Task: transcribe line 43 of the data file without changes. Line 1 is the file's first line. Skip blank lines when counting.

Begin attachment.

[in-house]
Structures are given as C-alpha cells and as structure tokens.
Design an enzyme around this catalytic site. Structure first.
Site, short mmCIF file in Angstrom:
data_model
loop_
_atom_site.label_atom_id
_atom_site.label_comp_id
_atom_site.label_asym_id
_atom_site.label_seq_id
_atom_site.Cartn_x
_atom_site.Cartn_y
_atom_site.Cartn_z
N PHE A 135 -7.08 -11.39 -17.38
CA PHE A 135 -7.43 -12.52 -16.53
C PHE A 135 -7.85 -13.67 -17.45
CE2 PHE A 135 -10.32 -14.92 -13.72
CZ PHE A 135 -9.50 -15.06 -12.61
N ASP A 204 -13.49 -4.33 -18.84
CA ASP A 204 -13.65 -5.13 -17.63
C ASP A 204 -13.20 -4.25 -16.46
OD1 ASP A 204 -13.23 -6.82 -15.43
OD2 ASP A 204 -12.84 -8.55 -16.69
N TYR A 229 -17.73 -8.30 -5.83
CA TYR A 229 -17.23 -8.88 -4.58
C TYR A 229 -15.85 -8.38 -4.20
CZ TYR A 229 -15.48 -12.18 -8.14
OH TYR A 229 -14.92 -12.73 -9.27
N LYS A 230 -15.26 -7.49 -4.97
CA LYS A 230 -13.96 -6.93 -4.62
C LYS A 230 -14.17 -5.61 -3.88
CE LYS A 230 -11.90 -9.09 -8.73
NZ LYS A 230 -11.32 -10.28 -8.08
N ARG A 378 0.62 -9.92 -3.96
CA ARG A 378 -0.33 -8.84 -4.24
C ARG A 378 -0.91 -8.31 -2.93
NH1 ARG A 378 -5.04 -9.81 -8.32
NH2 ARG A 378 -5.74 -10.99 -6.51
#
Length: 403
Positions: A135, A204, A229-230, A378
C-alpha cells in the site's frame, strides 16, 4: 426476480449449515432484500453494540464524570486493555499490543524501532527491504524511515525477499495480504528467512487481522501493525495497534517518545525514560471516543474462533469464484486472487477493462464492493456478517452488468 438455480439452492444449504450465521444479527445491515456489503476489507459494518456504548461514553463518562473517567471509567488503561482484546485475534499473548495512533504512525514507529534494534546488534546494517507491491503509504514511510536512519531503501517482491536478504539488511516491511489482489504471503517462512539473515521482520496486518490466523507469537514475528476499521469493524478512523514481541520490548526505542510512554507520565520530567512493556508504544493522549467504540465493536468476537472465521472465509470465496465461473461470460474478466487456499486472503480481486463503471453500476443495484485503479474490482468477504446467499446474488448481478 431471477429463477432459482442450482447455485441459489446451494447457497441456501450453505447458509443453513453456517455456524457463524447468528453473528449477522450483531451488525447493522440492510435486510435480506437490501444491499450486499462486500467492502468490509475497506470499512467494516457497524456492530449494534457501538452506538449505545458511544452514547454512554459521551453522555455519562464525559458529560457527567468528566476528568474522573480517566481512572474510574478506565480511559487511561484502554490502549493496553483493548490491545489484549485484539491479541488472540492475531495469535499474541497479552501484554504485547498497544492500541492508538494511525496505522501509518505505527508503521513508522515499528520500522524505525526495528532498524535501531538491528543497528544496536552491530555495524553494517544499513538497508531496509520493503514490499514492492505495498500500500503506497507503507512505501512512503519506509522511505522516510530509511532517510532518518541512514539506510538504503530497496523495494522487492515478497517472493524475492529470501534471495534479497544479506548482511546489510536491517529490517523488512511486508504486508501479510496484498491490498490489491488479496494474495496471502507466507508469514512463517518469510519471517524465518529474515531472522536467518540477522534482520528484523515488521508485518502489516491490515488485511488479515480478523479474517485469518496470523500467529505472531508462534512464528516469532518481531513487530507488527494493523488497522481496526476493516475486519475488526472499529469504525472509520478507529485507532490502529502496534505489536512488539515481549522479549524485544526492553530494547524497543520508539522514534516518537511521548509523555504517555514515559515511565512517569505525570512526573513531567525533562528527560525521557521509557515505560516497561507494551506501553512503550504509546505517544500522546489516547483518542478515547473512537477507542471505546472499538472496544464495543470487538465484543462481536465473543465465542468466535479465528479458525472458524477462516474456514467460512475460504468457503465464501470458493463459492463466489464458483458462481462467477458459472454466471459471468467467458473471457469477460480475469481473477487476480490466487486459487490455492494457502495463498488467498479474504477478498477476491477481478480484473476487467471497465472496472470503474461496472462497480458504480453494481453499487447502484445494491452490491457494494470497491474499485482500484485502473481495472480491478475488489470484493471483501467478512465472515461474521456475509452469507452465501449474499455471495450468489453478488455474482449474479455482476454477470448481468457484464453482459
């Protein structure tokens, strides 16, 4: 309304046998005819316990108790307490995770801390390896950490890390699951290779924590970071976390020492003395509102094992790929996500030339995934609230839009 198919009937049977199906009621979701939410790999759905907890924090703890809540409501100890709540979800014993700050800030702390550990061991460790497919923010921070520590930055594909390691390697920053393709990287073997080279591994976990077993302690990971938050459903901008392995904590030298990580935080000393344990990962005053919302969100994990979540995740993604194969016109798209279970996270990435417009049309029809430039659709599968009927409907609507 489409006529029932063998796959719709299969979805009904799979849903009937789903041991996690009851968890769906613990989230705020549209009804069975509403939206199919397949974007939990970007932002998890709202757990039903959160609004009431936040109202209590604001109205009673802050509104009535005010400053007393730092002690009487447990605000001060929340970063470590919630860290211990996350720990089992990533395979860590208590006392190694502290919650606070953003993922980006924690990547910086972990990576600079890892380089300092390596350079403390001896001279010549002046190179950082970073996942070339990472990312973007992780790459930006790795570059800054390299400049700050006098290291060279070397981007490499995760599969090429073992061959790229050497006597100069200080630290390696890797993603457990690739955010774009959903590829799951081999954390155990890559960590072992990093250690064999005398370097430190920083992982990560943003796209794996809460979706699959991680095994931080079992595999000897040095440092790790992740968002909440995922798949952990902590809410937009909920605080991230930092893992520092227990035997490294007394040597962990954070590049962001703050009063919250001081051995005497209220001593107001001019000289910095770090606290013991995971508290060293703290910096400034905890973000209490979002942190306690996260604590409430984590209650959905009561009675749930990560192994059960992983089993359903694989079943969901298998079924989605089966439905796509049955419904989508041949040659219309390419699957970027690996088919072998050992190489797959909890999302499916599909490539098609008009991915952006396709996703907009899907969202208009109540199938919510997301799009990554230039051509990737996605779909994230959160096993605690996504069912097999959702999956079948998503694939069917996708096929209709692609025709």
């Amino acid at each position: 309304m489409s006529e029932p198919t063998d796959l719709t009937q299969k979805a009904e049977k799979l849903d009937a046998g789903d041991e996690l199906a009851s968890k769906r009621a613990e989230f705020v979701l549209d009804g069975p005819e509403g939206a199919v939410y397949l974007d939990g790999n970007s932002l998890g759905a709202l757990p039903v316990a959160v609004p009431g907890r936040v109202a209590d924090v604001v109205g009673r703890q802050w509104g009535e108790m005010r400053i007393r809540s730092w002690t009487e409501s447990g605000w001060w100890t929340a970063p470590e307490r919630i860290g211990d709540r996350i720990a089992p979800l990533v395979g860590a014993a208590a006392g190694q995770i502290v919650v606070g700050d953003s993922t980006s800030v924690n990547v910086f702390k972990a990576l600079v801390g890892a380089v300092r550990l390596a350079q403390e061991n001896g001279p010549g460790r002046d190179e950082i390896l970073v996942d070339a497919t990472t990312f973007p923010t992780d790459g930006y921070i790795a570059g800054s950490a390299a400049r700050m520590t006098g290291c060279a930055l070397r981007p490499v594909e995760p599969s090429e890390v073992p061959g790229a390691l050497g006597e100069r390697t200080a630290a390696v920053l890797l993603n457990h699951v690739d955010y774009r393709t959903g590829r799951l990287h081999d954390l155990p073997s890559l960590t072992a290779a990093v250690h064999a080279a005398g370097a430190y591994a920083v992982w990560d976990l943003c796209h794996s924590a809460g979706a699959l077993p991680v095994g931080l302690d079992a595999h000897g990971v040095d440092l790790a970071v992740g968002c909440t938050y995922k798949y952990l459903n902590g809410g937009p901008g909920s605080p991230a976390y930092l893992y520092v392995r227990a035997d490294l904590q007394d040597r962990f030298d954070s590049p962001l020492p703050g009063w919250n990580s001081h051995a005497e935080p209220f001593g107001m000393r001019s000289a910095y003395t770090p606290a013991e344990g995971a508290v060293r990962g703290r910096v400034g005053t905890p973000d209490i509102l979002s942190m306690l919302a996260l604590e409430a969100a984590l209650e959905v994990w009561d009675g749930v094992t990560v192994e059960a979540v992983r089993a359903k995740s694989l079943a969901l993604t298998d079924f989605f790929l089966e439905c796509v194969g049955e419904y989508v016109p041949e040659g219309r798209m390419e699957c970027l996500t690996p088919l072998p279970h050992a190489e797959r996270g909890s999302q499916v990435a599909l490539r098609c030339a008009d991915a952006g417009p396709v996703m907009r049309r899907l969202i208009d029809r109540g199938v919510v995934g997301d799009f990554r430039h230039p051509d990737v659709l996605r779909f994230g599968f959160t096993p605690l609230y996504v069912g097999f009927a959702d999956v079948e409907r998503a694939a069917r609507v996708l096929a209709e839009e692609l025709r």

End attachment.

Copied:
């Protein structure tokens, strides 16, 4: 309304046998005819316990108790307490995770801390390896950490890390699951290779924590970071976390020492003395509102094992790929996500030339995934609230839009 198919009937049977199906009621979701939410790999759905907890924090703890809540409501100890709540979800014993700050800030702390550990061991460790497919923010921070520590930055594909390691390697920053393709990287073997080279591994976990077993302690990971938050459903901008392995904590030298990580935080000393344990990962005053919302969100994990979540995740993604194969016109798209279970996270990435417009049309029809430039659709599968009927409907609507 489409006529029932063998796959719709299969979805009904799979849903009937789903041991996690009851968890769906613990989230705020549209009804069975509403939206199919397949974007939990970007932002998890709202757990039903959160609004009431936040109202209590604001109205009673802050509104009535005010400053007393730092002690009487447990605000001060929340970063470590919630860290211990996350720990089992990533395979860590208590006392190694502290919650606070953003993922980006924690990547910086972990990576600079890892380089300092390596350079403390001896001279010549002046190179950082970073996942070339990472990312973007992780790459930006790795570059800054390299400049700050006098290291060279070397981007490499995760599969090429073992061959790229050497006597100069200080630290390696890797993603457990690739955010774009959903590829799951081999954390155990890559960590072992990093250690064999005398370097430190920083992982990560943003796209794996809460979706699959991680095994931080079992595999000897040095440092790790992740968002909440995922798949952990902590809410937009909920605080991230930092893992520092227990035997490294007394040597962990954070590049962001703050009063919250001081051995005497209220001593107001001019000289910095770090606290013991995971508290060293703290910096400034905890973000209490979002942190306690996260604590409430984590209650959905009561009675749930990560192994059960992983089993359903694989079943969901298998079924989605089966439905796509049955419904989508041949040659219309390419699957970027690996088919072998050992190489797959909890999302499916599909490539098609008009991915952006396709996703907009899907969202208009109540199938919510997301799009990554230039051509990737996605779909994230959160096993605690996504069912097999959702999956079948998503694939069917996708096929209709692609025709």